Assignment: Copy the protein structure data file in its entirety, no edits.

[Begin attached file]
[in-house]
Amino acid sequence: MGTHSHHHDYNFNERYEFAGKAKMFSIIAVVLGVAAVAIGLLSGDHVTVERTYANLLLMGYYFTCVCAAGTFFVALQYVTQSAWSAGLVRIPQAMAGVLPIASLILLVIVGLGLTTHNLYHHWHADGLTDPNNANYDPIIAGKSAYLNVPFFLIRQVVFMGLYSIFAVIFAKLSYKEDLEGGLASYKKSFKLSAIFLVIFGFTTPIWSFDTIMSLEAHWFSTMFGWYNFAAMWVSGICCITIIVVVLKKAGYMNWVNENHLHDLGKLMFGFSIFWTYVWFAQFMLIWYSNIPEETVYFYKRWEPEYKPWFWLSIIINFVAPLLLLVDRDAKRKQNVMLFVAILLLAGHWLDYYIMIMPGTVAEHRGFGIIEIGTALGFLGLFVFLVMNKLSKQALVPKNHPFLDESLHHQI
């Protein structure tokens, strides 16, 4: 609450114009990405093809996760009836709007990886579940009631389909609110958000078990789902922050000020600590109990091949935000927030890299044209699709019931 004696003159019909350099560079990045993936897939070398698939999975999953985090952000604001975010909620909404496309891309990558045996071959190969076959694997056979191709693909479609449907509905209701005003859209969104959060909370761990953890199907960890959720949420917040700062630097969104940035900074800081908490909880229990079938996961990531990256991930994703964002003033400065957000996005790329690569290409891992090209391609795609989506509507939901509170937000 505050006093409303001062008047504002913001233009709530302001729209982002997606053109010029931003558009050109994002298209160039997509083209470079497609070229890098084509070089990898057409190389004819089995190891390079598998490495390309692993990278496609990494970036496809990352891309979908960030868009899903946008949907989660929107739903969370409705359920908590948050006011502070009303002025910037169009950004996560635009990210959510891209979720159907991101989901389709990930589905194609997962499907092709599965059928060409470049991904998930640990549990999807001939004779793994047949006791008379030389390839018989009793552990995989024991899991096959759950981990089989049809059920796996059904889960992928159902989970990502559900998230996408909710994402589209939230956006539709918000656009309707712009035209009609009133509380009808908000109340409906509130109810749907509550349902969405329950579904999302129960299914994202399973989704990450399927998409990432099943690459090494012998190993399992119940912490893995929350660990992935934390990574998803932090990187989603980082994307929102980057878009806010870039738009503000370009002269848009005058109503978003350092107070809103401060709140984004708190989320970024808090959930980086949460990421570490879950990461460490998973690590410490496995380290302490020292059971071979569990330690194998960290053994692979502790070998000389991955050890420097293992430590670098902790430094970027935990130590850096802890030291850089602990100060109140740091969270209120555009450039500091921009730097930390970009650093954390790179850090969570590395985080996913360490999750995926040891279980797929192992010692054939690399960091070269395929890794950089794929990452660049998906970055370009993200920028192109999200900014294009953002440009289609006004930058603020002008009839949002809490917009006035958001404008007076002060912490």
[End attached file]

[in-house]
Amino acid sequence: MGTHSHHHDYNFNERYEFAGKAKMFSIIAVVLGVAAVAIGLLSGDHVTVERTYANLLLMGYYFTCVCAAGTFFVALQYVTQSAWSAGLVRIPQAMAGVLPIASLILLVIVGLGLTTHNLYHHWHADGLTDPNNANYDPIIAGKSAYLNVPFFLIRQVVFMGLYSIFAVIFAKLSYKEDLEGGLASYKKSFKLSAIFLVIFGFTTPIWSFDTIMSLEAHWFSTMFGWYNFAAMWVSGICCITIIVVVLKKAGYMNWVNENHLHDLGKLMFGFSIFWTYVWFAQFMLIWYSNIPEETVYFYKRWEPEYKPWFWLSIIINFVAPLLLLVDRDAKRKQNVMLFVAILLLAGHWLDYYIMIMPGTVAEHRGFGIIEIGTALGFLGLFVFLVMNKLSKQALVPKNHPFLDESLHHQI
């Protein structure tokens, strides 16, 4: 609450114009990405093809996760009836709007990886579940009631389909609110958000078990789902922050000020600590109990091949935000927030890299044209699709019931 004696003159019909350099560079990045993936897939070398698939999975999953985090952000604001975010909620909404496309891309990558045996071959190969076959694997056979191709693909479609449907509905209701005003859209969104959060909370761990953890199907960890959720949420917040700062630097969104940035900074800081908490909880229990079938996961990531990256991930994703964002003033400065957000996005790329690569290409891992090209391609795609989506509507939901509170937000 505050006093409303001062008047504002913001233009709530302001729209982002997606053109010029931003558009050109994002298209160039997509083209470079497609070229890098084509070089990898057409190389004819089995190891390079598998490495390309692993990278496609990494970036496809990352891309979908960030868009899903946008949907989660929107739903969370409705359920908590948050006011502070009303002025910037169009950004996560635009990210959510891209979720159907991101989901389709990930589905194609997962499907092709599965059928060409470049991904998930640990549990999807001939004779793994047949006791008379030389390839018989009793552990995989024991899991096959759950981990089989049809059920796996059904889960992928159902989970990502559900998230996408909710994402589209939230956006539709918000656009309707712009035209009609009133509380009808908000109340409906509130109810749907509550349902969405329950579904999302129960299914994202399973989704990450399927998409990432099943690459090494012998190993399992119940912490893995929350660990992935934390990574998803932090990187989603980082994307929102980057878009806010870039738009503000370009002269848009005058109503978003350092107070809103401060709140984004708190989320970024808090959930980086949460990421570490879950990461460490998973690590410490496995380290302490020292059971071979569990330690194998960290053994692979502790070998000389991955050890420097293992430590670098902790430094970027935990130590850096802890030291850089602990100060109140740091969270209120555009450039500091921009730097930390970009650093954390790179850090969570590395985080996913360490999750995926040891279980797929192992010692054939690399960091070269395929890794950089794929990452660049998906970055370009993200920028192109999200900014294009953002440009289609006004930058603020002008009839949002809490917009006035958001404008007076002060912490």